The Atopic Dermatitis Research Network (ADRN) is a consortium of academic medical centers, established and funded by the National Institute of Allergy and Infectious Diseases (NIAID) since 2004.
Goals of ADRN
To understand more about the immune system and skin barrier of AD patients which may lead to new therapeutic targets that minimize the likelihood of cutaneous infections that frequently exacerbate this disease.
Atopic dermatitis patients are particularly prone to skin infections. Up to 90 percent of patients have S. aureus that can be cultured from their skin, and 30 percent are prone to overt infections, which can cause both localized (e.g. pain, swelling and drainage) and systemic (e.g. fever, chills, fatigue) symptoms.
Scope of Research
The research is based on animal, human and in vitro (tissue culture) studies. Researchers in the ADRN will evaluate AD patients' genes, innate and adaptive immune responses and skin barrier to identify factors that make them susceptible to infections. The researchers also plan to conduct clinical trials using novel biologic therapy, microbiome treatment and mechanistic studies to understand the basis of eczema herpeticum and S. aureus infection including MRSA infections.
In the first funding cycle the network conducted clinical studies in humans and mouse model systems to address why AD patients were more susceptible to viral skin infections and complications from exposure to the smallpox vaccine. Consortium investigators studied a group of individuals with both AD and a history of eczema herpeticum (eczema along with a widespread herpes simplex skin infection).
Several important insights emerged from this first funding period and include the following:
There is a close relationship between AD and a skin barrier defect called filaggrin mutations.
Atopic individuals produce proteins in their skin that result in reduced expression of a key skin barrier protein called filaggrin.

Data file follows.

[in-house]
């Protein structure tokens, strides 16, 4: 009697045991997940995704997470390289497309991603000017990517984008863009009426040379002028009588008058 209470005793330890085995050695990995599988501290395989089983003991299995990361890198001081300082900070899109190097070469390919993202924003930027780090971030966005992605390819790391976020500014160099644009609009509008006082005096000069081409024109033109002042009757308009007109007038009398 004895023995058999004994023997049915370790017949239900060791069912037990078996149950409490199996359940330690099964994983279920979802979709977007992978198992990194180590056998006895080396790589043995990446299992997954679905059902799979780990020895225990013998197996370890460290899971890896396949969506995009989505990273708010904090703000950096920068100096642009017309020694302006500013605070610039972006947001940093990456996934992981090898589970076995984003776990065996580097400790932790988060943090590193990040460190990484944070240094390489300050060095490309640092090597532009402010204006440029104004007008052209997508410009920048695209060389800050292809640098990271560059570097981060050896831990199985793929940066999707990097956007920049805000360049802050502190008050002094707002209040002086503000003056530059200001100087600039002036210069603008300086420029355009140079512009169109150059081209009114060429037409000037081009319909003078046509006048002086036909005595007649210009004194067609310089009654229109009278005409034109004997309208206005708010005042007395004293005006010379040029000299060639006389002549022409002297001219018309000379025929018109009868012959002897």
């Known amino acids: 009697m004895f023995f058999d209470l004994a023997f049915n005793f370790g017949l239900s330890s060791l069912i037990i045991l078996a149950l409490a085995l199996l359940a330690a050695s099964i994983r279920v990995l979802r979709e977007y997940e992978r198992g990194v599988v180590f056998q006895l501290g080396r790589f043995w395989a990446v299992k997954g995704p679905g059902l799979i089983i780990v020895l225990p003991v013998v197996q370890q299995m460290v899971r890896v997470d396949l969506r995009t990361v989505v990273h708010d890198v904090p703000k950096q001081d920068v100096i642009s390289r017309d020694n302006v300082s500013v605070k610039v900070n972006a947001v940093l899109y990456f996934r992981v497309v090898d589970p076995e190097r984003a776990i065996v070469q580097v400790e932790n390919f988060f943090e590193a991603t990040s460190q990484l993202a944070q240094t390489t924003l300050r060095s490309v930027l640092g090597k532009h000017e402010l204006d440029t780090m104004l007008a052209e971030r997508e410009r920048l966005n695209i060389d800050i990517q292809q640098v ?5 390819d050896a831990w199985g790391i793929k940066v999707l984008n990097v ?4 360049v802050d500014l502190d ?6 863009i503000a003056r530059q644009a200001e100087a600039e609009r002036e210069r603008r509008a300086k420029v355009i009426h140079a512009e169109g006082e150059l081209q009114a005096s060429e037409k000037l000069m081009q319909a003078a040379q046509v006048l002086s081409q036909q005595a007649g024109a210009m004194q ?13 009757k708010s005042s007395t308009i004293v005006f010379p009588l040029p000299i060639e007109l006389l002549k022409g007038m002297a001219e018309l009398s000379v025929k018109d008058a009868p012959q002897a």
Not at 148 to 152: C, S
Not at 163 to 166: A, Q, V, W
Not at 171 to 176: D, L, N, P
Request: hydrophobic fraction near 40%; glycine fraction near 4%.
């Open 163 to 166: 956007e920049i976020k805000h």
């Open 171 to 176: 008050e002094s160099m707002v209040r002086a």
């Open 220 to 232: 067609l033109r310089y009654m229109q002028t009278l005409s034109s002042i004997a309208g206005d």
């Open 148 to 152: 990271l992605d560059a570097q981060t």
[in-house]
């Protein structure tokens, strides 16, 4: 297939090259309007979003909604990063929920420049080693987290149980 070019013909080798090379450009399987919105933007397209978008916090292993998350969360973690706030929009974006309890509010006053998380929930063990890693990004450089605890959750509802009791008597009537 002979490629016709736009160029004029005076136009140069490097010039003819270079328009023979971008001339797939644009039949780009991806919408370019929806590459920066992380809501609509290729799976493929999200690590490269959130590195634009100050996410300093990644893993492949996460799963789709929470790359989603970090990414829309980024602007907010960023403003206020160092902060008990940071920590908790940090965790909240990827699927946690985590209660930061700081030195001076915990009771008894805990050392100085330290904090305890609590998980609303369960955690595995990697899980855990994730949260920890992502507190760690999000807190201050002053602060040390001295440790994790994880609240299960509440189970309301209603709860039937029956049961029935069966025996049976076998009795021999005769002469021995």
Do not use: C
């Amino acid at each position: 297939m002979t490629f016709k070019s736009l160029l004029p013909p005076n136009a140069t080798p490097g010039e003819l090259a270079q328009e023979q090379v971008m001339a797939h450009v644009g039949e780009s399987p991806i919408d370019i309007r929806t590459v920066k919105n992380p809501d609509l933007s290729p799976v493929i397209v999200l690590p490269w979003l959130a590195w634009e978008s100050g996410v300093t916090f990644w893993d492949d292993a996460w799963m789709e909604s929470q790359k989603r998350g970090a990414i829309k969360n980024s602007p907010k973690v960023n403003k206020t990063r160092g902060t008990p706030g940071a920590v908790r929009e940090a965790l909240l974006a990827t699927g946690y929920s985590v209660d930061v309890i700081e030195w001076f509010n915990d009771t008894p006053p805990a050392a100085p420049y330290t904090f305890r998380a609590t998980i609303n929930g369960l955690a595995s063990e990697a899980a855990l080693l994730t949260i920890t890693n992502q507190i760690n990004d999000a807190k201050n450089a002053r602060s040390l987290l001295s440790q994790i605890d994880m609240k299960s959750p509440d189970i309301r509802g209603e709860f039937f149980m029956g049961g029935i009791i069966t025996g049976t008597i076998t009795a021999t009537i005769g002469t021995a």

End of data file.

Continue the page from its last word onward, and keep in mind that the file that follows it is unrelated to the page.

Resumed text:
Atopic dermatitis individuals who get eczema herpeticum have lower levels of naturally occurring antibiotics (antimicrobial peptides) and higher levels of the allergic protein, IgE, than those with AD alone.
These same individuals are more reactive to a number of environmental allergens and more likely to report a history of other atopic disorders such as asthma or food allergy.
Atopic dermatitis individuals who get eczema herpeticum also report more bacterial skin infections needing prescription systemic antibiotics.
Genetic markers have been identified that are different in AD individuals who get eczema herpeticum and those who do not get this viral skin infection, and healthy individuals without atopy.
S. aureus colonization and eczema herpeticum are associated with increased allergic responses
The microbiome of patients with AD are deficient in the production of antimicrobial proteins that play an important role in fight skin infection.
In the next five years, the consortium will conduct clinical research studies that will expand the focus to bacterial skin infections associated with AD. The studies will focus on Staphylococcus aureus infections distinguishing both antibiotic-resistant S. aureus and antibiotic-sensitive S. aureus (MSSA) infections as well as widespread herpes simplex virus infections of the skin, both of which are more prevalent among AD patients.